Cover Photo by Frank Claeys
In the annals of rock and roll history, one name stands apart: Marshall amps. The brainchild of Jim Marshall and Ken Bran, and a couple of Bran’s HAM radio enthusiasts. Marshall amps are synonymous with rock and roll, and are considered the sound of rock, especially the 1959 Super Lead, often referred to as the Plexi.
Jim Marshall was exempted from fighting in World War II due to a chronic health condition and became a singer in London, gigging in clubs. He eventually switched to drums and became sought after as performing and recording drummer. He also became quite popular at teaching drums. His success was such that he was able to open his own music shop in West London, in 1960.
Fairly soon, his regular customers featured players that would eventually become rock’s royalty, such as Pete Townsend and Ritchie Blackmore. To answer their demands for louder guitar amps and to respond the increasing demand for guitars and associated equipment, Marshall’s store expanded to being primarily a drum shop to satisfying the needs of demanding rock guitarists.
Having trouble sourcing the favoured Fender amps at the time, Marshall and Brand embarked on a journey to create a guitar amplifier with the presence and volume demanded by his early clientele. Thus was born the Marshall JTM45 in 1962. It was a great start but players such as Pete Townsend wanted more. More volume. More presence. More tone. All of which lead to the birth of the iconic 100 Watt Super Lead 1959, also known as the Plexi, in 1965. The Plexi moniker came from its early days of using plexiglass as the backing plate for the control panel, which eventually became aluminum in the early 70’s but the name stuck.
From Marshall amplifier’s official website, marshall.com:
“The 100 Watt Super Lead 1959 ‘Plexi’ is a legendary amplifier, used by guitar legends such as Jimi Hendrix, Pete Townshend and Jimmy Page. First produced in ‘65, the amp used KT66 valves and later EL34’s for iconic Marshall growl. Nicknamed for its plexiglass front panel, this amplifier embodies classic Marshall tone.”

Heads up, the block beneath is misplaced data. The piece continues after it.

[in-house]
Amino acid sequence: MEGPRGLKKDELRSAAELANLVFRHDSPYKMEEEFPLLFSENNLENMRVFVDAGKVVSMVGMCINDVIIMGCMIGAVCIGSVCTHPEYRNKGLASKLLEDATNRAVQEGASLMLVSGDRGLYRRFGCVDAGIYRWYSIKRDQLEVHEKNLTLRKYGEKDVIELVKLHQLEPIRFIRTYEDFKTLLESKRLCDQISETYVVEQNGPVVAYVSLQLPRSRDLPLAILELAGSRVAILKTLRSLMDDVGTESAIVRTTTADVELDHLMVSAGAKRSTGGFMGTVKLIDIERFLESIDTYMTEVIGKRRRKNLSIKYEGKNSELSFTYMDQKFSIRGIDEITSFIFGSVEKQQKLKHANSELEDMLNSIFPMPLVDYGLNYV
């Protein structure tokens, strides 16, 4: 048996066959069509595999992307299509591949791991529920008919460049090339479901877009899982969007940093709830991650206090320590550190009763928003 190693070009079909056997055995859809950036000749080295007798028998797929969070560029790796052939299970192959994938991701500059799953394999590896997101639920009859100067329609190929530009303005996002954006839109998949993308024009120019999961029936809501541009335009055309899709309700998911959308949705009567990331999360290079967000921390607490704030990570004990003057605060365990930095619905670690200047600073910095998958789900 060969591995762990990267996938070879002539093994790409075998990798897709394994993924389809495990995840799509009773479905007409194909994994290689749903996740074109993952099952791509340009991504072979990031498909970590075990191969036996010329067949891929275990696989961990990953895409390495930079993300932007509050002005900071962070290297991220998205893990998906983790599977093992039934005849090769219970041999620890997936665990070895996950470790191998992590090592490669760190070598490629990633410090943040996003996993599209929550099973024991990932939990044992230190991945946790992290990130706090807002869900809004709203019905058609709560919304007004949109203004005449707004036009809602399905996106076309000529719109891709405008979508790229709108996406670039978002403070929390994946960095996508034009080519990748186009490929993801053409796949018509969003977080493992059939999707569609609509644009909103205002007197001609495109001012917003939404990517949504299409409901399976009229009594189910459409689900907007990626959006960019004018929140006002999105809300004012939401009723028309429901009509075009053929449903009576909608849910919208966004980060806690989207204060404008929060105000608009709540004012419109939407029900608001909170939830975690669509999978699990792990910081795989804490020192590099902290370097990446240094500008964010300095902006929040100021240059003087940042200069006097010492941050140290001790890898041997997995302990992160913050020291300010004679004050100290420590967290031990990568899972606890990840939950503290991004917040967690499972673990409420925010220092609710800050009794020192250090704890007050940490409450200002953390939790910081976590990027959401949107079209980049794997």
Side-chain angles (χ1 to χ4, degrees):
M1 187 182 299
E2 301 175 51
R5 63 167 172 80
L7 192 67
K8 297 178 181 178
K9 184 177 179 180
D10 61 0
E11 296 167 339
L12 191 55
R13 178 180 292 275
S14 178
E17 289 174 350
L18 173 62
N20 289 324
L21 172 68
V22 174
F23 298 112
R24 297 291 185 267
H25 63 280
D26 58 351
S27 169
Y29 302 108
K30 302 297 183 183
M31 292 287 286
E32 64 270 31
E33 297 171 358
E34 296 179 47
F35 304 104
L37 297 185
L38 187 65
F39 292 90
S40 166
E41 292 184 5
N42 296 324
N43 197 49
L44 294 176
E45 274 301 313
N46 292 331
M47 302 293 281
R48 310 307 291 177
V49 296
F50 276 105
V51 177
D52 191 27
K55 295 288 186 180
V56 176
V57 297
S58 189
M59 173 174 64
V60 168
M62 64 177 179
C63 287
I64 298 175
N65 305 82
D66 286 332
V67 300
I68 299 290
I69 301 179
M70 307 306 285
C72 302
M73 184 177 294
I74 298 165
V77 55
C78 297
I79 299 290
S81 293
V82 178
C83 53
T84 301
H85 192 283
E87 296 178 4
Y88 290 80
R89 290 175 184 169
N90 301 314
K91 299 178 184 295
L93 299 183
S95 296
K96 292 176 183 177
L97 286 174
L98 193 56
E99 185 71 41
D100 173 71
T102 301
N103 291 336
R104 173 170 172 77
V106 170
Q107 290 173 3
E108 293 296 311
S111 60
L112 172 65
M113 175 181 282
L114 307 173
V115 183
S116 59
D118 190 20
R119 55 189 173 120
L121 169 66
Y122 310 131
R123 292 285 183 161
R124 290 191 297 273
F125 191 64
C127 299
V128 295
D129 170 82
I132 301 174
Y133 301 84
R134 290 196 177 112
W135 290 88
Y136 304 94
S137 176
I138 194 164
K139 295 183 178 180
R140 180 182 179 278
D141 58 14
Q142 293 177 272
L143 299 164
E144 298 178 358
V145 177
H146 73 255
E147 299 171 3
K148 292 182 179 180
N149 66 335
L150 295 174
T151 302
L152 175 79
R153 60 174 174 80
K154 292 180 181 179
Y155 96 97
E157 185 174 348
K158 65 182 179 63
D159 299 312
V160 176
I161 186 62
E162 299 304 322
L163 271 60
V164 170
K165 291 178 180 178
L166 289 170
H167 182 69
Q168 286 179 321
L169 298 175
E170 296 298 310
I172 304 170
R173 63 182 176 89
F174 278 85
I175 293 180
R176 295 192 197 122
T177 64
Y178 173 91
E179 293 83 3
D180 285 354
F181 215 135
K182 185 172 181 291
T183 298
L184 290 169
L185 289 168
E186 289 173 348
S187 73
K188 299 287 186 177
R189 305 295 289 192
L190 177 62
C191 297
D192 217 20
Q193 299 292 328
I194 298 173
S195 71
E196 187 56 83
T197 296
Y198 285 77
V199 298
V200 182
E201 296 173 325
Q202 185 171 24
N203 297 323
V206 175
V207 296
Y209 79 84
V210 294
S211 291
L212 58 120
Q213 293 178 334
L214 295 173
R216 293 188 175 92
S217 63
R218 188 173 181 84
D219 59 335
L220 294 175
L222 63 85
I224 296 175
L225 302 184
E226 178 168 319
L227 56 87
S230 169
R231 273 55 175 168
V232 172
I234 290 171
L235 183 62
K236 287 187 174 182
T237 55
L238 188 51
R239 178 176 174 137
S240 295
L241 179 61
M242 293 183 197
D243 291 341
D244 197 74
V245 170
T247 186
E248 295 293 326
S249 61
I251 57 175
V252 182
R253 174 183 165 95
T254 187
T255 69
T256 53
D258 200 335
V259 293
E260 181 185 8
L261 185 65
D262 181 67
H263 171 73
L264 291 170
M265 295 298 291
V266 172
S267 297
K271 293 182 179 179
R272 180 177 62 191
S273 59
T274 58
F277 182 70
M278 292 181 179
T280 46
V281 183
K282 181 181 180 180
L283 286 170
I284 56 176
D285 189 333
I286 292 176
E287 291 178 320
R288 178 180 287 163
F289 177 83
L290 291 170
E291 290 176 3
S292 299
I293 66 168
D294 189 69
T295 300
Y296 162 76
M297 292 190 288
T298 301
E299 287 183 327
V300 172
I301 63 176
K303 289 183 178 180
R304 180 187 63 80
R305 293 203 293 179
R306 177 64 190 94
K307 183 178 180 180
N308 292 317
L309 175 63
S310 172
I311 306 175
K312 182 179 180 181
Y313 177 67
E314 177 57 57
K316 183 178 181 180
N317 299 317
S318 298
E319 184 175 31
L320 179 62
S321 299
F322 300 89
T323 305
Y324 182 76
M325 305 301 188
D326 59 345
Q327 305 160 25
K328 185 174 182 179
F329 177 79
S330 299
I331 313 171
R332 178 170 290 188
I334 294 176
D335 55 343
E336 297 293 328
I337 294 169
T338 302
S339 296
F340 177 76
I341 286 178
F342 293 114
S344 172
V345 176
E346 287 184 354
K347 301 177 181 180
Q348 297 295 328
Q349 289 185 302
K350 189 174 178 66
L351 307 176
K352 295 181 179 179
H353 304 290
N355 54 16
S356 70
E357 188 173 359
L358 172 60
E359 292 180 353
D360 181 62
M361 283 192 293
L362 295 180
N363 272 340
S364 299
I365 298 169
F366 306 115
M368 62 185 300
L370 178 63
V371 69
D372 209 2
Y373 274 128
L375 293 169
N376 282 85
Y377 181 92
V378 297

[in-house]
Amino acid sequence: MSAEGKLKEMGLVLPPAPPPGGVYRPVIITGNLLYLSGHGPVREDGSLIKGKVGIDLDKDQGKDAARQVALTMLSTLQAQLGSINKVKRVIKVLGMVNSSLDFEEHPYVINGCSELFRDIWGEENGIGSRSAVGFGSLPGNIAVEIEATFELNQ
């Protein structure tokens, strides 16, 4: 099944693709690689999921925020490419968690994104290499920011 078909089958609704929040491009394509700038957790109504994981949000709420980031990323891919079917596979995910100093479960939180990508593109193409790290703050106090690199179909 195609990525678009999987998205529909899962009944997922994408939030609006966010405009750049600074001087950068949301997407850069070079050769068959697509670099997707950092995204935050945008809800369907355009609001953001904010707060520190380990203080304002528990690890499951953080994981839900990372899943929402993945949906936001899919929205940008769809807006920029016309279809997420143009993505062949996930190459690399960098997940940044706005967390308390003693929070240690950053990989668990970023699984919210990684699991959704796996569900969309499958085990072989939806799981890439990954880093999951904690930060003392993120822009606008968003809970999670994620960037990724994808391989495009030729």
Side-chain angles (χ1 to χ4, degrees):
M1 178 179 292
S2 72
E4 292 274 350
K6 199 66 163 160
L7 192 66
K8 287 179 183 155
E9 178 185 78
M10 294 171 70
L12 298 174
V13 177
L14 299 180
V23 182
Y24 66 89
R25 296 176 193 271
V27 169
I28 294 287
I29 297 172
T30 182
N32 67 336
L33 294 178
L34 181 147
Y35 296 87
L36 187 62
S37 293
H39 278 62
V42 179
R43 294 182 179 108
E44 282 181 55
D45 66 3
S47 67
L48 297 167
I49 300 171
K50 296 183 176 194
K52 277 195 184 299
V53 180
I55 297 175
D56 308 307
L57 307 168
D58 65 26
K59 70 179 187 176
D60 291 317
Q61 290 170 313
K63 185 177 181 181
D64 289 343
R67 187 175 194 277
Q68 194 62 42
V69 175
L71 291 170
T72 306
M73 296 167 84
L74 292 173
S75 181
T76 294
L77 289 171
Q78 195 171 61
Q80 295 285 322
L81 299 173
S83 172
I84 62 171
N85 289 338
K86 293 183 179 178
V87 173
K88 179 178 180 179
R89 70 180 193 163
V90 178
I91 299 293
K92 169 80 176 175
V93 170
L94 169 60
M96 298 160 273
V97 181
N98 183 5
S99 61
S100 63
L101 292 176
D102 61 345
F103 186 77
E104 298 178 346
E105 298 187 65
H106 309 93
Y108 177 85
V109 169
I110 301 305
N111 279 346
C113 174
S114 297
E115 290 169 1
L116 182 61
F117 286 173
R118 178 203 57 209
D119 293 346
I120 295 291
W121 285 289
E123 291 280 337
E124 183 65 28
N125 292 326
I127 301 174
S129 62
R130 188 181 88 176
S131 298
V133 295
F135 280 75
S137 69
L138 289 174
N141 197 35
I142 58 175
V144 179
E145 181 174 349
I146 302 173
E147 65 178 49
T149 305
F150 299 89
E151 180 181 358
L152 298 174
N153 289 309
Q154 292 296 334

From the early days, Celection speakers have been part of the Marshall sound. Originally known for their Alnico magnets (an alloy of aluminum, nickel, and cobalt), typically found in Vox amps of the early sixties. Celestion developed speakers that contained less expensive ceramic (ferrite) magnets, which were also characterized by a more aggressive sound. By 1965, Marshall started using their Celestion’s first iteration of their now famous Greenback speakers. Developed in the 1980’s, Celestion’s G12T-75, are typically found in their cabinets. As the name implies, it is a 12” speaker with a 75-watt power rating. For more information on this iconic speaker, click on the following link:
Great sound doesn’t come cheap either. But if you’re serious about your tone, it is a worthwhile investment, if you can afford it. A typical listing for a modern-day 1959HW hand-wired head (that’s WITHOUT the cabinet!) is listed below. Mind you, in Canadian dollars but they are expensive in any currency.
For the purposes of our video, Kelster Von Shredster compares two of his prized Marshall heads: a 1959HW Super Lead and his other amp based on Cameron Atomica.
From the Fractal Audio AMP website:
“The Cameron Atomica was built to reproduce the legendary “brown sound” of an mysterious Super Lead Plexi, modded by Jose Arrendendo, and supposedly sounding like the best thing ever (that is: if you are a fan of the “brown sound”). That Plexi had a label on it reading ‘Atomica’.”
He played both through a rented Marshall 1960A cabinet, 4 x 12, featuring four of the storied Celestion G12T75’s. Just in case you didn’t know what 4 x 12 referred to.
To my ears, the 1959HW sounded much better, having an incredibly buttery smooth clean sound. As Jim Dickson from Guitarist magazine, 2022-2023 Annual edition describes it,
“…But many of Marshall’s tones are surprisingly clean, and that warm but electrifying jagged tone your hear on AC/DC records isn’t a sound you can make without having a really great clean tone inside your amp before you crank it up past the point of break-up.”
That’s the peculiar thing about this series of amps. It is really clean at low gain but when you crank it up just past 3 or 4, WOW! The animal within is let loose with a typical Marshall growl.
So many iconic rock acts have embraced Marshall’s at one point or another. From Jimi Hendrix to Gun n’ Roses, and so many more, Marshall truly has been the sound of rock and roll. In my mind, no other band embodies that Marshall controlled aggression better than AC/DC. No pedals (or hardly any), just pure over-driven tone. Marshall amps are a gem of modern innovation.
We also did a sound test on the 1959HW and got it up to 106 decibels from about 12 feet away from the speaker cabinet, in a tiny rehearsal room. It was really loud! But so cool to experience.
I hope you enjoy watching this video as much as I did making it with my friends, Kelly Coughlin and Amarendra Ghanekar (Amar to his friends).
Guitarist magazine, Annual 2022-2023 issue